In recent years, the United States has been producing more of its own oil, thanks to new drilling in states like North Dakota and Texas. More domestic oil has meant fewer imports. Fewer imports has meant a nice little jolt for the U.S. economy — or at least it did in 2013.
But we shouldn't expect that dynamic to last, says Robert Lawrence, an economist at Harvard's Kennedy School. In a short new paper, he argues that the oil boom likely won't reduce the U.S. trade deficit all that much over the long run.
That's because, he says, the U.S. trade deficit is fundamentally driven by domestic savings and investment patterns. The oil boom, by itself, won't change that much. If we're buying more American oil instead of foreign oil, then we're simply likely to spend more on other imported goods.*
"Unless you can tell me how the oil boom will change that pattern of savings and investment," Lawrence says, "then it's not going to change the trade balance."
This sounds awfully counter-intuitive, so let's break it down.
-- First, the numbers: Between 2000 and 2012, the United States ran a $7.1 trade deficit. About 40 percent of that deficit, or $2.87 trillion, came from the fact that Americans were buying so much oil from overseas. On the surface, then, it seems obvious that the trade deficit would shrink if the United States produced more of its own oil and bought less from countries like Saudi Arabia. Right?
-- Except, says Lawrence, that's not the way many economists look at the trade deficit. The way they see it, Americans basically aren't saving enough to finance all the domestic investments that are happening inside the United States. And the oil boom, by itself, won't be enough to shift that dramatically. Here's the key part of his paper:
The trade balance in goods and services, or what I will also refer to loosely and interchangeably as “the current account balance,” is commonly defined as the difference between exports and imports of goods and services... But the current account is also, by definition, equal to the difference between U.S. national saving and investment, and the change in the net claims of a country on the rest of the world.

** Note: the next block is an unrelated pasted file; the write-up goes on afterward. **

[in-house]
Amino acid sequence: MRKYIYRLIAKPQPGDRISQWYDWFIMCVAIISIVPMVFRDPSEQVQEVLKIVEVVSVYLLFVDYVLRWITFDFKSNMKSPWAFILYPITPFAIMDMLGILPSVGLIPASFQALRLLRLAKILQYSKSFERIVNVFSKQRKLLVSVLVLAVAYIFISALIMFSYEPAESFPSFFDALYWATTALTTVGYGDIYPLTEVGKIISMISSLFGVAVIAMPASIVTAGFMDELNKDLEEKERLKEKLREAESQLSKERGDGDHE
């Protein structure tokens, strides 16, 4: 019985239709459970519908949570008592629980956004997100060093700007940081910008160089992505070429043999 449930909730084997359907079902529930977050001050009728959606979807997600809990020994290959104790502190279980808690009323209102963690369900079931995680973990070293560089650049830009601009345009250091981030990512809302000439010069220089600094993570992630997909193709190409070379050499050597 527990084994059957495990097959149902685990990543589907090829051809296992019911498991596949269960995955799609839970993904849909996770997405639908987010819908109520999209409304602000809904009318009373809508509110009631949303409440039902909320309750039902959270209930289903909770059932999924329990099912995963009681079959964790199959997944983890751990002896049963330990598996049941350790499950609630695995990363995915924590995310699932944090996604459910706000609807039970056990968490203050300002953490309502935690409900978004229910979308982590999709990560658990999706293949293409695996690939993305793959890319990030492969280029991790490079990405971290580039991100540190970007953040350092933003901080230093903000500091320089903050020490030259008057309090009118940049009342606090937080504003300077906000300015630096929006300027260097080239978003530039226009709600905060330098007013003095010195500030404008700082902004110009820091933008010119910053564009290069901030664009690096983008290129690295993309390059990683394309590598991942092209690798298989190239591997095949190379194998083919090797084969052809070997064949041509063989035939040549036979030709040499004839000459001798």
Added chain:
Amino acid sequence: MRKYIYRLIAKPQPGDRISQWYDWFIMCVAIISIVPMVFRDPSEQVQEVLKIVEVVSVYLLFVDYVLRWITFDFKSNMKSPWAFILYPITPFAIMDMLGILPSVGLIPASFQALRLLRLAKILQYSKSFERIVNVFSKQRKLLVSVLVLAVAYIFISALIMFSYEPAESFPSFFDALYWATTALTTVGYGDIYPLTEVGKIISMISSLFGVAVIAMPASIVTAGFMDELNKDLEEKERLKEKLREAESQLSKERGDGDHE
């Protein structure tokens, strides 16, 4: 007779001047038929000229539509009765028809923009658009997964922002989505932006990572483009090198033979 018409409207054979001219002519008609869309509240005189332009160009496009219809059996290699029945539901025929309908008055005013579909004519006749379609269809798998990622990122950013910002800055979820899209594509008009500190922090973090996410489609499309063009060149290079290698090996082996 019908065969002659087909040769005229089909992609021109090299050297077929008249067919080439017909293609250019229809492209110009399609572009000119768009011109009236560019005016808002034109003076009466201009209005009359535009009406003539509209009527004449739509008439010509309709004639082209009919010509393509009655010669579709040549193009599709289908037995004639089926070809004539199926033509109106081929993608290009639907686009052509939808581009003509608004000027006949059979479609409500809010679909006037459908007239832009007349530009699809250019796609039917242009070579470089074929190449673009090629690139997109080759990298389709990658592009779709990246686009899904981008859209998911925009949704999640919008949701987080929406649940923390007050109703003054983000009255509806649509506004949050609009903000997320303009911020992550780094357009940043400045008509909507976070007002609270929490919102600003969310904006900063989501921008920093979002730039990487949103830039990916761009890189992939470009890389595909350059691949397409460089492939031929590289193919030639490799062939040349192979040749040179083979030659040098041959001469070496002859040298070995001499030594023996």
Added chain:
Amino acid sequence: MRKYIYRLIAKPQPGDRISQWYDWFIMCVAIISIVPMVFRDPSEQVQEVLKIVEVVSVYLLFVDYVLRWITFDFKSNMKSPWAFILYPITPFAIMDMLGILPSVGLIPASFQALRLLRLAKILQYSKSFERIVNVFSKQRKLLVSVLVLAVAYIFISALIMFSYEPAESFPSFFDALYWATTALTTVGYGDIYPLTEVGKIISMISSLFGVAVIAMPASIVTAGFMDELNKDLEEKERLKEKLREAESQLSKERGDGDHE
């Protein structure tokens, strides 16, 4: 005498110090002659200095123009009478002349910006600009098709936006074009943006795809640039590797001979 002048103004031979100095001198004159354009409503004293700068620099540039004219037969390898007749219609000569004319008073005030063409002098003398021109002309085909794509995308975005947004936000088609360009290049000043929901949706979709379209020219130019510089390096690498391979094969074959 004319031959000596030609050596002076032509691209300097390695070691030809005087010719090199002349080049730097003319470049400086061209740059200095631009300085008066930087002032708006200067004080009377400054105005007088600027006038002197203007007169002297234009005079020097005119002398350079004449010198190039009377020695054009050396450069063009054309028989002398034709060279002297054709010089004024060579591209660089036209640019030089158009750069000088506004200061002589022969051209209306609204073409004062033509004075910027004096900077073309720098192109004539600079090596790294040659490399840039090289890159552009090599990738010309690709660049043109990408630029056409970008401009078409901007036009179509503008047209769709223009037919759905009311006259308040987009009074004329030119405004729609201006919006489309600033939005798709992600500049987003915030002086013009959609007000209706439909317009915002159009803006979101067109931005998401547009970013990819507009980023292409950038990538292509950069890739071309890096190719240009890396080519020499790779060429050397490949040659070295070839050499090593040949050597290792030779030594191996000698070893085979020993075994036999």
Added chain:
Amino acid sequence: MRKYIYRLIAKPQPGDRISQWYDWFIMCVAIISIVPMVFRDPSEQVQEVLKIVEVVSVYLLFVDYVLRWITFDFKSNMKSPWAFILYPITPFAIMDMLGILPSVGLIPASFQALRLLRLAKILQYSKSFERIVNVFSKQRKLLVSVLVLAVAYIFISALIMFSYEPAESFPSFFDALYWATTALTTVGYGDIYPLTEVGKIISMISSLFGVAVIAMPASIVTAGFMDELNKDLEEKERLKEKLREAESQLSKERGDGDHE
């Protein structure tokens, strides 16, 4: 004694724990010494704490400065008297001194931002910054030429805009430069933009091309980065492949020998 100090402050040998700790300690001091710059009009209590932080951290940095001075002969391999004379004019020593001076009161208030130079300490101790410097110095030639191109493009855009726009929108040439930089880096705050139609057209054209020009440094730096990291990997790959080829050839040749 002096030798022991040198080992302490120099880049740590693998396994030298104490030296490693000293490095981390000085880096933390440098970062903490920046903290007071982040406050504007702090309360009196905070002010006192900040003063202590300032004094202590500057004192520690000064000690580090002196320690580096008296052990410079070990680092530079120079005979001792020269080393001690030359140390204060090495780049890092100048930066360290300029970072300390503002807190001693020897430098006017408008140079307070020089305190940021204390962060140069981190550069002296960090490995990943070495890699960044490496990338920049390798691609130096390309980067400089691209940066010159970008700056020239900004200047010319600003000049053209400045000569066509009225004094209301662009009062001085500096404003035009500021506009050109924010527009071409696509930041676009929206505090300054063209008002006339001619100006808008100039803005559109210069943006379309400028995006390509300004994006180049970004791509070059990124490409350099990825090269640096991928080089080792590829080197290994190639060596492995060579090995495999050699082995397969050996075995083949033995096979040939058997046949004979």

This means that in order for a given shift toward oil self-sufficiency to induce an equivalent improvement in the overall trade balance in goods and services, it would have to boost U.S. national saving relative to investment by the same amount. For example, if U.S. national investment were unchanged following a drop in net oil imports, Americans would have to increase their national saving by the full value of the oil trade improvement.
--As U.S. oil production increases, more Americans will be getting their income from oil rather than from other sources. Lawrence argues that these Americans would have to have very different patterns of saving and investment to have a substantial effect on the trade deficit. Or, alternatively, the oil boom would have to produce substantial tax revenue and shrink the U.S. budget deficit dramatically.
-- But, according to his calculations, neither of these effects is likely to be huge — since the oil industry is only a small part of the U.S. economy.
--Here's another way to think about it: If the United States produces more of its own oil and buys less from abroad, that will could a dent in the trade deficit in the short term. (Indeed, this seems to have happened in the last quarter of 2013.) But over the medium term — without any other changes in saving or investment patterns — the oil boom could drive up the value of the U.S. dollar, driving down the price of other types of imports. The end result? Americans would spend less on foreign oil and more on other foreign products.
--True, other economists and modelers have concluded that the oil boom will shrink the U.S. trade deficit. But, Lawrence notes, a lot here depends on basic assumptions used, such as Americans' propensity to buy imports, or the multiplier effect of extra investment.
--There's some historical precedent for Lawrence's argument. Back in the 1980s, the global price of oil plummeted and Americans were spending much, much less on foreign oil. But the trade deficit in other goods surged. Indeed, as Lawrence notes, there's little correlation between what we spend on foreign oil and the broader U.S. trade deficit:
In any case, there are lots of caveats here, but Lawrence's paper is a nice short overview of different ways to think about the oil boom and the U.S. trade deficit. It's worth a browse.
* Update/clarification: One thing that's worth mentioning is that Lawrence's paper assumes a world with a) full employment and b) unchanged oil prices (most analyses or modeling exercises like these usually do the same). Changing those assumptions around could alter the conclusion.